No two night scenes are the same, so you need actual knowledge of the why and how of proper exposure, not just some memorized settings. I highly recommend picking up Understanding Exposureand learning photography so you can determine for yourself which settings to use based on what you observe and intend for particular shot. Looking at others’ EXIF data doesn’t hurt (and mine for each of these photos can be viewed by clicking a pic, to go to the photo’s SmugMug page, and hitting “info”), but nothing compares with really mastering a knowledge of manual settings for yourself. With that said, the next few tips will give you some general ideas…
6. Go Long!
The most common specific question I get regarding my Disneyland and Walt Disney World night photos is “how did you get a photo without any people?” Most of the time, the answer is pretty simple: stay late and shoot long (exposures). In the last hour to half-hour the parks are open, many areas are fairly empty.
Even if there are people in your scene, it’s pretty easy to eliminate them (or “ghost ’em out” as the kids these days probably say) by using a 20-30 second exposure. With that long of a shutter speed, people moving in your frame won’t show up. Unfortunately, this doesn’t help with the random person transfixed by their phone and standing perfectly still right in the middle of Main Street, but it’s a great trick to use to rid most shots of people.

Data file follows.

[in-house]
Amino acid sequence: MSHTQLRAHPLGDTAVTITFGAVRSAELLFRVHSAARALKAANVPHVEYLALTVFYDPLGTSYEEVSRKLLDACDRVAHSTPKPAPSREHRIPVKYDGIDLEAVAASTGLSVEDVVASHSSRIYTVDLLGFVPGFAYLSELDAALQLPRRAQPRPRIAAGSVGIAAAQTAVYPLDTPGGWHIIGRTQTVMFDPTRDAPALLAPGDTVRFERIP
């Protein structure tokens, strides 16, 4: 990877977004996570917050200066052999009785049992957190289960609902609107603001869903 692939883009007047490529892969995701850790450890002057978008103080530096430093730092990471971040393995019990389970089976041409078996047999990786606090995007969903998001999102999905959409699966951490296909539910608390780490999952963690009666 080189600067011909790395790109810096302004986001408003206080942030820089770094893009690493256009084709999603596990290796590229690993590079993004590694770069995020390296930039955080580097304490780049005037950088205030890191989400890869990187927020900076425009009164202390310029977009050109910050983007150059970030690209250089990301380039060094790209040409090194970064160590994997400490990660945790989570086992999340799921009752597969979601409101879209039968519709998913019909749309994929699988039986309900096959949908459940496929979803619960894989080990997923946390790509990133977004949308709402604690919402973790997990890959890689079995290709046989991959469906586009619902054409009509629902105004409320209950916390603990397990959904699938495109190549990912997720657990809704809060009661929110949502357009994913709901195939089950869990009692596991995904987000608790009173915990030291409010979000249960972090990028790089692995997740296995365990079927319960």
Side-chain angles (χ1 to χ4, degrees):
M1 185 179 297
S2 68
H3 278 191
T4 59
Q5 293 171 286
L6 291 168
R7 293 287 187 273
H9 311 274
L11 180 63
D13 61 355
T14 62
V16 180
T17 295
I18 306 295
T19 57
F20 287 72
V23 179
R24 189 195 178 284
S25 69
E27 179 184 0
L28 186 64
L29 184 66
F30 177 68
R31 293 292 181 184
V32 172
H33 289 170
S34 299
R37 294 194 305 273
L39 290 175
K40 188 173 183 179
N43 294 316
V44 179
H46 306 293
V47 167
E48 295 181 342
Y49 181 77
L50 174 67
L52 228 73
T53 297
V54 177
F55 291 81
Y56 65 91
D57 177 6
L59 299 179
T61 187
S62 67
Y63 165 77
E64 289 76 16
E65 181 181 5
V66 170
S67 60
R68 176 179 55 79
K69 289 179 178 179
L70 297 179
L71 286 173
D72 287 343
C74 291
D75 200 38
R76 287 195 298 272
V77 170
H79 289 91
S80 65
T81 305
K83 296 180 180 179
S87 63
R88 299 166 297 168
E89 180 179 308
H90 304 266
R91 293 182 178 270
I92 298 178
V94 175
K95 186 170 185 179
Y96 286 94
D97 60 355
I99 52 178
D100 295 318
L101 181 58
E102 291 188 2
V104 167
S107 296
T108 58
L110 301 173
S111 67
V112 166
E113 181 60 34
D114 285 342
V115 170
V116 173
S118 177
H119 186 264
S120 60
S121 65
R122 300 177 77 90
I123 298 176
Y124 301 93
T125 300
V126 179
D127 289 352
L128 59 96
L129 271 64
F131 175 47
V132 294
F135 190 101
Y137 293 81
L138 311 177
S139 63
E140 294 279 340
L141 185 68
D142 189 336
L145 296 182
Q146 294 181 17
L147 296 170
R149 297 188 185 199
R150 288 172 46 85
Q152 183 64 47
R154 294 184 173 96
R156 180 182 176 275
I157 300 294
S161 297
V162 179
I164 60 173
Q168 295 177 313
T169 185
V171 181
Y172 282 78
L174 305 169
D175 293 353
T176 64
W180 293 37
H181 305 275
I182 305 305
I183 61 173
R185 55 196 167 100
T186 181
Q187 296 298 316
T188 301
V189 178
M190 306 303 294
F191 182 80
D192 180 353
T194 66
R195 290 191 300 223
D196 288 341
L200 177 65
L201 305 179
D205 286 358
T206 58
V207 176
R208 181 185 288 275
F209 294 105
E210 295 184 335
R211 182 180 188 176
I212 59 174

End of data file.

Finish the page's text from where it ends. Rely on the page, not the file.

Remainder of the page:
5. Burst It!
I love ‘bursts in my photos. Sunbursts. Starbursts. Even moonbursts. This is possible to accomplish with a star filter, but that’s really more a stylized special effect filter. It looks more natural if you simply use an aperture of around f/13 to f/16 at achieve starbursts.
You might have to go higher with some lenses (f/20 to f/22), but there is some loss in image quality that way. Also, the higher your aperture number, the longer your shutter speed will need to be. In some particularly dark scenes, you might not be able to go up to f/16 and still keep your exposure length below 30 seconds.